Currently, logistics activities are implemented in accordance with the state’s planning. Several deep-water ports such as Cai Mep and Thi Vai have been established. However, since rapid urbanisation has contributed to an increase in land price in HCM City, production activities have been forced to relocate to neighbouring provinces.
This has affected the leading role of HCM City. In other words, if the city does not quickly complete the construction of a logistics ecosystem, its competitive advantages will be weakened.
Some experts said that HCM City should be a centre that provides logistics services such as human resources and technology rather than allocating its land to develop logistics centres. How do you regard this opinion?
HCM City should be a logistics centre that meets the market demands since HCM City is already a key centre in the entire region. This project has been investigated and researched to see what should be done to develop a complete logistics ecosystem. It is necessary to gather detailed feedback regarding demands from relevant parties to finalise the project.
The Ministry of Industry and Trade has planned to have three logistics centres in Cu Chi, Hiep Phuoc and another one near the airport to create synchronisation and coordination.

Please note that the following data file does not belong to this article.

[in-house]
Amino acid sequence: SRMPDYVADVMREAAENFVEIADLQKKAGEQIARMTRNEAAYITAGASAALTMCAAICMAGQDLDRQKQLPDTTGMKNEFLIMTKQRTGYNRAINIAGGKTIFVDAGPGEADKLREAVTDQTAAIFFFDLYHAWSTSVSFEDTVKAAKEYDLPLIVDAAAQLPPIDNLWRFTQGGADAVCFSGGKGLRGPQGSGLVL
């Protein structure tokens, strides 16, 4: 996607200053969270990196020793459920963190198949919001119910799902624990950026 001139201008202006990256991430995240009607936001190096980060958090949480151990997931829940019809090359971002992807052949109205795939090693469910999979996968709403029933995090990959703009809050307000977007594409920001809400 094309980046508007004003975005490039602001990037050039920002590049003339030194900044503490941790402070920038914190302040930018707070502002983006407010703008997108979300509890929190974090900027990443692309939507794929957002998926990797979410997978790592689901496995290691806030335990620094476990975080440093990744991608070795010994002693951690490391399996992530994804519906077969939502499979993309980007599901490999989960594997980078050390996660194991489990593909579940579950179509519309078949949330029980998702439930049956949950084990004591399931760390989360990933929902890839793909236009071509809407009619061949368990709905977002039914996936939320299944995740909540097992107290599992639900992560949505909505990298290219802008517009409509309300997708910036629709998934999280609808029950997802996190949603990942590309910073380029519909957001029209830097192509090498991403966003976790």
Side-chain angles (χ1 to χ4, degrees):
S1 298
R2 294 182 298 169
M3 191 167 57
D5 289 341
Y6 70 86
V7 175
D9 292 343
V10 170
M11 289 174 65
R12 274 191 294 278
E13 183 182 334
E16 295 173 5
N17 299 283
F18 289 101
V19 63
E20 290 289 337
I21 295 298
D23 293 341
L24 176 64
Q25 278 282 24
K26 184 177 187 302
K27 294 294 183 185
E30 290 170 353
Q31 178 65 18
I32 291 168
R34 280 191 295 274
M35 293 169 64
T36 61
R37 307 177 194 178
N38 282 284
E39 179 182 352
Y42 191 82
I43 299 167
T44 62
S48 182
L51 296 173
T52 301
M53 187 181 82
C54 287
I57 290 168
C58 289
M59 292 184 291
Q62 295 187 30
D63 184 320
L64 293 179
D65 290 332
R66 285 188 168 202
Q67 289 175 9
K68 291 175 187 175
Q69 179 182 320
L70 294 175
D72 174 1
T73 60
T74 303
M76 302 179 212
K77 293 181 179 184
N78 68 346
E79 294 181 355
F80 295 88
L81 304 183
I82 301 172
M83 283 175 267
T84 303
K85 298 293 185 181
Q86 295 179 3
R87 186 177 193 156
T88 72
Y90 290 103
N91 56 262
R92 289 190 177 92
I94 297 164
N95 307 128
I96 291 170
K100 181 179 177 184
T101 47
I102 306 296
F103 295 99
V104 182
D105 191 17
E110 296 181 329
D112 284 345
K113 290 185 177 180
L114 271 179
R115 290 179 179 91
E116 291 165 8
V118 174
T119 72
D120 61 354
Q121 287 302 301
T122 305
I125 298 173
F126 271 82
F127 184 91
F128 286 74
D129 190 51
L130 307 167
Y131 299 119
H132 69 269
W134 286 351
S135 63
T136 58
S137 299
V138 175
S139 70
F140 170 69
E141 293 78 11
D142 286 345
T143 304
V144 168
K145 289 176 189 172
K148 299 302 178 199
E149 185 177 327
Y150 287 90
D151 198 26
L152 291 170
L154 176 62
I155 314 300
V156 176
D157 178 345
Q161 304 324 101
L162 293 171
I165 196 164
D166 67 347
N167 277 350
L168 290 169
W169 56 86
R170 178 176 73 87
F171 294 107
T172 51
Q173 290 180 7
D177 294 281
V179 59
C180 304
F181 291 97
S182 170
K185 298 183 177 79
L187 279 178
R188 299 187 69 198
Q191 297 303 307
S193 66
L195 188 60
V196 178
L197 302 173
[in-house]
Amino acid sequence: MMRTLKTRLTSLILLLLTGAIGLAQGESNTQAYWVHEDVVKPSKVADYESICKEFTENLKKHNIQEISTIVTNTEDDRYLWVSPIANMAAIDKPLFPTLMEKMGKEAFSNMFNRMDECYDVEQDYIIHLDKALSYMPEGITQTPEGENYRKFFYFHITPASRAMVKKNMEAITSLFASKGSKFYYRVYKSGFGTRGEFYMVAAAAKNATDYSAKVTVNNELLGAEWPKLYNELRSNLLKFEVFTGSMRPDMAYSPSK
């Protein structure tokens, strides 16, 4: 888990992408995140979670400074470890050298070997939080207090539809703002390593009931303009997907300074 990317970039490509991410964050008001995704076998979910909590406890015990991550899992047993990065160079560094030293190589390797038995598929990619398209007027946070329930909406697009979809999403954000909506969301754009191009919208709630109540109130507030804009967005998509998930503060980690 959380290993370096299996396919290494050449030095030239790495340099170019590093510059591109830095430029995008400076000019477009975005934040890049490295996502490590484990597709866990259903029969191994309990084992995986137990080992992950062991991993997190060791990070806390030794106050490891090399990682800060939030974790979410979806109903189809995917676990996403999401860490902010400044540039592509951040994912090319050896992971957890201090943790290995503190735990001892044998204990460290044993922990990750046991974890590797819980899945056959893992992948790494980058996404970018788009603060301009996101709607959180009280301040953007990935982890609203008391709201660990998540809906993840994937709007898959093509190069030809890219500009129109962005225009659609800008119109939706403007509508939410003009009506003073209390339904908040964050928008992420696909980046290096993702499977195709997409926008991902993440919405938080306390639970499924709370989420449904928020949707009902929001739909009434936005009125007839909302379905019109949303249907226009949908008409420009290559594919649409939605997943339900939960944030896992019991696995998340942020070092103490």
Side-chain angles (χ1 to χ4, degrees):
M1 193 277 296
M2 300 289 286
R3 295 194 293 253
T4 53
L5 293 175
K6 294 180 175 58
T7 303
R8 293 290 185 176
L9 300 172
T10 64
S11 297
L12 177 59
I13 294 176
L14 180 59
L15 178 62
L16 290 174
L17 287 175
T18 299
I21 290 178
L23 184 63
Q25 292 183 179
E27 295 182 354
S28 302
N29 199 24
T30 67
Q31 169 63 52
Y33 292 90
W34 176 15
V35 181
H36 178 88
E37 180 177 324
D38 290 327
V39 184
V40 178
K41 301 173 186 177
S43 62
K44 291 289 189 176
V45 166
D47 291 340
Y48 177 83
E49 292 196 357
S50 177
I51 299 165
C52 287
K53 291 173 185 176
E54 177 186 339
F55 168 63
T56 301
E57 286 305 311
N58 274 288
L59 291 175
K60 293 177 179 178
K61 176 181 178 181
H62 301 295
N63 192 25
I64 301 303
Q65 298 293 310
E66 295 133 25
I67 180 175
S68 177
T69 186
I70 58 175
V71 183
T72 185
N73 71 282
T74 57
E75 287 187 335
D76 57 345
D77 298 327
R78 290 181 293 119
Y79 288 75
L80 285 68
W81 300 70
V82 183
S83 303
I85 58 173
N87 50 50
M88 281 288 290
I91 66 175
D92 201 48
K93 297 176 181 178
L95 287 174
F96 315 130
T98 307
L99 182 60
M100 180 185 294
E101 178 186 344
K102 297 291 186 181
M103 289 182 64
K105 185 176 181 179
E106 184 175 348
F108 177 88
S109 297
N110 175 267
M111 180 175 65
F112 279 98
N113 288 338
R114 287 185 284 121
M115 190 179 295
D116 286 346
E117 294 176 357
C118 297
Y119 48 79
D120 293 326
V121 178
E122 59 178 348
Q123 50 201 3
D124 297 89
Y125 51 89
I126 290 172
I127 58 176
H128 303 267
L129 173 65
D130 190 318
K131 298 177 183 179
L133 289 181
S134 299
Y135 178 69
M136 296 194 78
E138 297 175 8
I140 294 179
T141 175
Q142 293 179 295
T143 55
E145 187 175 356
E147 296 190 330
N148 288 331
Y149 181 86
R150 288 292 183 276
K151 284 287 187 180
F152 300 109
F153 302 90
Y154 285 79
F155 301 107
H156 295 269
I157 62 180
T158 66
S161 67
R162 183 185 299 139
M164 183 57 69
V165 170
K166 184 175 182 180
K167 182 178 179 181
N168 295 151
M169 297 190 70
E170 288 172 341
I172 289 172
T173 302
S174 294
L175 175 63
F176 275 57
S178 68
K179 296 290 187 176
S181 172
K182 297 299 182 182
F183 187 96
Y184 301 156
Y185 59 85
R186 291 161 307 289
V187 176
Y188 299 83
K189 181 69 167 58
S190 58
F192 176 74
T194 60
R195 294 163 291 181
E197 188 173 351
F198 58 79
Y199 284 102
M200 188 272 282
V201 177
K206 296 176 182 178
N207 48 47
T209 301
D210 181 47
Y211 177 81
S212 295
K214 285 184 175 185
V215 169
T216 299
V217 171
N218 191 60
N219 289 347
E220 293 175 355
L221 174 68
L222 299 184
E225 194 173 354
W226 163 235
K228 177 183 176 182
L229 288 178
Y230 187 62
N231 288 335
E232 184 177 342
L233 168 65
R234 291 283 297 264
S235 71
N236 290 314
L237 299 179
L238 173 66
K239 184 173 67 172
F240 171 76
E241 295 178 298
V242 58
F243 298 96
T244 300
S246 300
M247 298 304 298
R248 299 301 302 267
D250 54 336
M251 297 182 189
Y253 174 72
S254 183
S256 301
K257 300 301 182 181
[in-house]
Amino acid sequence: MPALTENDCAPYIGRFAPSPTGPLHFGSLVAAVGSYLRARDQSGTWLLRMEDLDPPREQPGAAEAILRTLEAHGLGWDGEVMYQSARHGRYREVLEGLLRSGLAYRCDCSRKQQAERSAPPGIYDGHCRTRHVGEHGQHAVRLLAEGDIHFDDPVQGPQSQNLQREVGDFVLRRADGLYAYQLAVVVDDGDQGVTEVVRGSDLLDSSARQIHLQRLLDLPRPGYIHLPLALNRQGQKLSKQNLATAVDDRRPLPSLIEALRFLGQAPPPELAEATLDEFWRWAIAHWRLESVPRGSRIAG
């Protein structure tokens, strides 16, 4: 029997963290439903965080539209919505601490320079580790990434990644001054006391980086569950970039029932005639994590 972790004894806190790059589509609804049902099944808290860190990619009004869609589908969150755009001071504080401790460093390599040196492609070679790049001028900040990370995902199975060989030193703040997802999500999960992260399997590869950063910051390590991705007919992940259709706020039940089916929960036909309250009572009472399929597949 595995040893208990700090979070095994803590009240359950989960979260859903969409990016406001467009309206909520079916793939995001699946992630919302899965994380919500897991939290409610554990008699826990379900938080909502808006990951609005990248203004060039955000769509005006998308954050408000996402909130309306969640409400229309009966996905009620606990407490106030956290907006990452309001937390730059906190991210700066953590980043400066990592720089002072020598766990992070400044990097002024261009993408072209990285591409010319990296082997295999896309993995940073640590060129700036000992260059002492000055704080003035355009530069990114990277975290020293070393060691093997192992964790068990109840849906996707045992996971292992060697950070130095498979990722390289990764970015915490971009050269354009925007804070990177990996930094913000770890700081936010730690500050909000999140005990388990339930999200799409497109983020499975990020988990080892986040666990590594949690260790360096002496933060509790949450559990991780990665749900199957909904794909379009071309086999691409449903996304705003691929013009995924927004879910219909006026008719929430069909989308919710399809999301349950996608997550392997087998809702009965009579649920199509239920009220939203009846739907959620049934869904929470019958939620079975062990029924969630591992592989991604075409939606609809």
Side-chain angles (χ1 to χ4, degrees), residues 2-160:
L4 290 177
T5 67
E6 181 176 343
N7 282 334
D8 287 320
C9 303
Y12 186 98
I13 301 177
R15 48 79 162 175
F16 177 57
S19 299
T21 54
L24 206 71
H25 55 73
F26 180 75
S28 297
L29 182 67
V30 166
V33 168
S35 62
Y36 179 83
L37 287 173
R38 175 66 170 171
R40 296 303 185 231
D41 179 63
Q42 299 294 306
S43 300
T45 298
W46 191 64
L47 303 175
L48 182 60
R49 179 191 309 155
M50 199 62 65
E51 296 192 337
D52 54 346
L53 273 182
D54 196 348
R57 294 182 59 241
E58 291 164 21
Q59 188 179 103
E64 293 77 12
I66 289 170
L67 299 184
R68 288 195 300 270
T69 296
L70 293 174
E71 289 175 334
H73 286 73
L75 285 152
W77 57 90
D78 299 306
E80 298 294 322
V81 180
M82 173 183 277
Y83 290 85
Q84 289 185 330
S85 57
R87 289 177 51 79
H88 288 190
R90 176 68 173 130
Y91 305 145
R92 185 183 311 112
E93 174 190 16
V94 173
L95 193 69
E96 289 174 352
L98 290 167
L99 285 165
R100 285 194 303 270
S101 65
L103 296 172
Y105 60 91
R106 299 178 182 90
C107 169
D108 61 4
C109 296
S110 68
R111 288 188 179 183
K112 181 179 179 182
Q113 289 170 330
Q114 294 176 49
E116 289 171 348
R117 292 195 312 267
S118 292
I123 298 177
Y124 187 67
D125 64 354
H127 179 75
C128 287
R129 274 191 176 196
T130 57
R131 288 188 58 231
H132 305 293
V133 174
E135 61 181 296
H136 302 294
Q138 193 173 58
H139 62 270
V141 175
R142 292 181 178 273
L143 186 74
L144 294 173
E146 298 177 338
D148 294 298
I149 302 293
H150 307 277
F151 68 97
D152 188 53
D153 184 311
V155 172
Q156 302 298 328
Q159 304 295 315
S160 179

The amount of land to be reserved for the three centres, and their scale and operation activities, will all be answered later. The planning map would also devote a chapter on the need to use the land area and water surface for logistics.
I would like to make it clear that the State only drafts a general plan, location planning and relevant policies, while the project implementation and management would be under enterprises’ control.
These centres would be financially supported by infrastructure investors, but, within each operational zone, there will be smaller investors who will find partners that need to use these centres.
Training in logistics remains weak in HCM City, as only some universities have recently started to carry out this programme.